Retyped from Beers "History of Greene County" by
Clark's legacy extended to Otsego County where his family still is very prominent in Cooperstown politics.
The subject of this sketch was born at Athens, Greene county, NY, December 19th 1811. The earliest school instruction which Mr. Clark can recollect was received from a Mr. Bosworth, a placid old bachelor, who knit his own stockings, and had a talent for teaching very small children. The rudiments of Latin were mastered under the instruction of E. King, Esq., who then kept an academy at Athens. Mr. King was one of the earliest graduates of Williams College, and belonged to the same class as William Cullen Bryant. Subsequently, and when the boy was about twelve years of age, he was transferred to the academy at Lenox, Mass., then under the direction of John Hotchkin, a very thorough and successful teacher. He remained at Lenox about four years, and had beaten into him in the usual way a reasonable amount of Latin and Greek, with the other learning more or less useful. While there he acquired a taste for indiscriminate reading. A small library of about 500 volumes belonged to the academy. The boy read every volume, and it was fortunate that the selection of books was not a bad one.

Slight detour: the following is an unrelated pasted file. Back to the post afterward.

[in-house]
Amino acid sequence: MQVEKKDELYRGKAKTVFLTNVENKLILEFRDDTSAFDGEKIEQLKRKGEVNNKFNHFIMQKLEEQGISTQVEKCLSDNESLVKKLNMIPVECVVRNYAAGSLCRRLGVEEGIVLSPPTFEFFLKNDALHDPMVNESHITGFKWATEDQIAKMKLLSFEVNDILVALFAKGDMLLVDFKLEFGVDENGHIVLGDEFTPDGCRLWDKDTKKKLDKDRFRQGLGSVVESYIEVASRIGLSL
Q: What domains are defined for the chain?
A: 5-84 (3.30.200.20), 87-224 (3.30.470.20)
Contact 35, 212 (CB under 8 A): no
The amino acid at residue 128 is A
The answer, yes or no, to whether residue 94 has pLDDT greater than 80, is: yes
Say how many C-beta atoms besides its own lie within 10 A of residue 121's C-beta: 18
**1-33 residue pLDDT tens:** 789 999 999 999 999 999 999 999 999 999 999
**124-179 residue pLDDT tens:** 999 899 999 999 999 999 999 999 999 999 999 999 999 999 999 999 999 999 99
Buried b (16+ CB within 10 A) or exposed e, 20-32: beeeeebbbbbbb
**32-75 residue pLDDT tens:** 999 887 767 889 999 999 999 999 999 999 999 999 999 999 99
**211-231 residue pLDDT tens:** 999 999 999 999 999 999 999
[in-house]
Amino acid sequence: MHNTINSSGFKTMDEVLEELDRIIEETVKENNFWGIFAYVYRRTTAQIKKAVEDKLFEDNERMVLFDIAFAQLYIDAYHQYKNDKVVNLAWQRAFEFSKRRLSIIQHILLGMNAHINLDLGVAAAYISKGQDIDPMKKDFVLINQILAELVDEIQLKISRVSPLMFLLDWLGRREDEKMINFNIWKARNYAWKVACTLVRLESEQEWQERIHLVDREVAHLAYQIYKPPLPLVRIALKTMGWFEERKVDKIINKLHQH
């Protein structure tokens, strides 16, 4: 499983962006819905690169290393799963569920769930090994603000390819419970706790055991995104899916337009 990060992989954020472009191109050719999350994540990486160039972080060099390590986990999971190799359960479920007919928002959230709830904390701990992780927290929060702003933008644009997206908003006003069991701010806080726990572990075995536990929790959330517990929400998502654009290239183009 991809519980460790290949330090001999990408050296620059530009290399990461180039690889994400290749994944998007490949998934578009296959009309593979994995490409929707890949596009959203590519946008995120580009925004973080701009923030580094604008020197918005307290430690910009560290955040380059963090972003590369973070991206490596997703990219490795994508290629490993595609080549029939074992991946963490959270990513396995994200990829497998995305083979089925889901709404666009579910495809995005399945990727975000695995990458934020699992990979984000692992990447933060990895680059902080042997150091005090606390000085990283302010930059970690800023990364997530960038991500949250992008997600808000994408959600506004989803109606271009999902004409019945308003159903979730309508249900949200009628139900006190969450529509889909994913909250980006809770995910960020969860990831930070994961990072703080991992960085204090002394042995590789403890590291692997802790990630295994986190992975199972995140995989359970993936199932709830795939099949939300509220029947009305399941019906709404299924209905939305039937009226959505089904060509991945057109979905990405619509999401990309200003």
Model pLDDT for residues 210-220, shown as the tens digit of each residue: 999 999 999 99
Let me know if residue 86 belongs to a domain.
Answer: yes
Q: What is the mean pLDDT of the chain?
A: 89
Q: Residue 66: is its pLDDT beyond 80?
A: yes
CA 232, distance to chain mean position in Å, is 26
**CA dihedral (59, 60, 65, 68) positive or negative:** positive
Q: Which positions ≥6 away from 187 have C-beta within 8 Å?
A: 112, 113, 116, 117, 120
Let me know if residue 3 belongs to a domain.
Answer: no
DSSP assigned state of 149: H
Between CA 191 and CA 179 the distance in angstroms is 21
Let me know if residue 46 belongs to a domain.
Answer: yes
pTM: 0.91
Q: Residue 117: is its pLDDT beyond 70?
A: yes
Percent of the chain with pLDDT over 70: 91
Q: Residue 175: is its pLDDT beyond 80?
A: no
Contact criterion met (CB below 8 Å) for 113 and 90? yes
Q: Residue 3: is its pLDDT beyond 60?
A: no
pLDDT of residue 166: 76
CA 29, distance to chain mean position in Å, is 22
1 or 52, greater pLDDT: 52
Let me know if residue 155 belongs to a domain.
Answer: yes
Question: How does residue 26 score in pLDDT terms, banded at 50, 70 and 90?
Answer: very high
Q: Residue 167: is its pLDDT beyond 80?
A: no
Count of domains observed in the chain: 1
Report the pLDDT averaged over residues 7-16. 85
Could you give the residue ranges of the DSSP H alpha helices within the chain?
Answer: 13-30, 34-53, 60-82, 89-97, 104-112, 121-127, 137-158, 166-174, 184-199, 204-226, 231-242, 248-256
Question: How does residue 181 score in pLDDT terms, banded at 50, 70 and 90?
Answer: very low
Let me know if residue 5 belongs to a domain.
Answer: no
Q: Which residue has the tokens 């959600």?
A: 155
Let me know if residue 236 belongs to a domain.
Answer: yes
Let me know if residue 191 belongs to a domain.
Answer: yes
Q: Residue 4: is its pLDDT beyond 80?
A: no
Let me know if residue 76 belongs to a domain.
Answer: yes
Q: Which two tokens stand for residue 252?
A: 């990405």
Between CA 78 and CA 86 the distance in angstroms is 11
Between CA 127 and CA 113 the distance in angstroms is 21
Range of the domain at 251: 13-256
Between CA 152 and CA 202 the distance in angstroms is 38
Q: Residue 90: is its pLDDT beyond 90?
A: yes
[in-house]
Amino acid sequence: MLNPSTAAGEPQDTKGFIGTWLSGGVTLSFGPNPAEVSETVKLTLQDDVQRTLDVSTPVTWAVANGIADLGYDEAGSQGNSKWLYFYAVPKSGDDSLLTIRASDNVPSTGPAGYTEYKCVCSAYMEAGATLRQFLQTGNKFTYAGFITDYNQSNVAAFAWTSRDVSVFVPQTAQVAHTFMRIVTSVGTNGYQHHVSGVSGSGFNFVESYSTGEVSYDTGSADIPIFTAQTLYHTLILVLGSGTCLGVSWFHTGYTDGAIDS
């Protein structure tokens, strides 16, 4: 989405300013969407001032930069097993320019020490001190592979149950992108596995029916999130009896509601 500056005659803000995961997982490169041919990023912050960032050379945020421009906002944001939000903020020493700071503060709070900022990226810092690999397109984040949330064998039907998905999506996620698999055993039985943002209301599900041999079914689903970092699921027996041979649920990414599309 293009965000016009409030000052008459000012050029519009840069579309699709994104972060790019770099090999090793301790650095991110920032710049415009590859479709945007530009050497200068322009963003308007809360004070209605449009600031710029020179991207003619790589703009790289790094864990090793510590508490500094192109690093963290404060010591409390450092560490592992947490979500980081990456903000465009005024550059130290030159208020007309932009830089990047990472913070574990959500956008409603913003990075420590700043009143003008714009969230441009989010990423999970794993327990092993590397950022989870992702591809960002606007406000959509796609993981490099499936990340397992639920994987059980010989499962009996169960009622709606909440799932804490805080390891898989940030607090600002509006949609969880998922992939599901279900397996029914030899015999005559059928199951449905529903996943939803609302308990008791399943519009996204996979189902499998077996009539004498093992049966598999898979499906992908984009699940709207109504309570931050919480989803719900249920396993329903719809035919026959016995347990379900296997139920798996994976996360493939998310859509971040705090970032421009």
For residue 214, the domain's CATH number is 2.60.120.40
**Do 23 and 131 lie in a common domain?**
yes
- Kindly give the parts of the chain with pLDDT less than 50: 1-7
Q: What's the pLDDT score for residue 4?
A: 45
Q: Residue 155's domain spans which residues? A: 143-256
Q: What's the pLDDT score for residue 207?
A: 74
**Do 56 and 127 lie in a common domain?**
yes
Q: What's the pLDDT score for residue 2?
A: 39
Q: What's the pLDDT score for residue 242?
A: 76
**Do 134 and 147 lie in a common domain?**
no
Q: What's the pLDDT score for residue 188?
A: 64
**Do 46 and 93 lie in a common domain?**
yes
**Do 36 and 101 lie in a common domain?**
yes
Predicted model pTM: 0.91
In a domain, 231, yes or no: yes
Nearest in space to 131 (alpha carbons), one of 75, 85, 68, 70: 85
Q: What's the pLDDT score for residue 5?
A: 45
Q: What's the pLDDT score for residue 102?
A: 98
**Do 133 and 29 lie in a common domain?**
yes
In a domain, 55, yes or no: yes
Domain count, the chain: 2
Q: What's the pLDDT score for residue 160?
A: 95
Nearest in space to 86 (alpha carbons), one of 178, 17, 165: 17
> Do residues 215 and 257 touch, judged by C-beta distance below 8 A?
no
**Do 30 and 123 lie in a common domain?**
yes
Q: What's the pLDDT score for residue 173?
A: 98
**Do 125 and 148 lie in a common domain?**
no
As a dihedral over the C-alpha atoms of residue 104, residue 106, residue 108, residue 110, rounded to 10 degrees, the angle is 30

The abrupt change from home life to the rough experiences of a public school was not at all agreeable. It was not his habit, at that time, to submit quietly to anything disagreeable. Therefore, one day not long after entering school, he departed from Lenox without the formality of giving notice of his going, and took his course, on foot and alone, for home, which he reached safely and in good time. He was received there very affectionately by his mother, but the sterner father quietly remarked, "Edward, you can take your supper and go to bed. Tomorrow I shall take you back to school." The next day, accordingly, he was taken back to Lenox. And this same programme, during a period of one year was repeated over and over again, the disobedient hardihood of the boy being corrected by the patient persistence of the father. Finally, in consequence of new boys joining the school, who were pleasant companions, and perhaps a greater familiarity with things which at first had been unpleasant, the boy became reconciled to the school and its teachers, and the terrible feeling of homesickness was overcome. The beneficial result of the struggle was this: when it began the boy was of slight, delicate frame, and almost sickly in constitution; when it ended his muscles were like steel, and he was a trained athlete.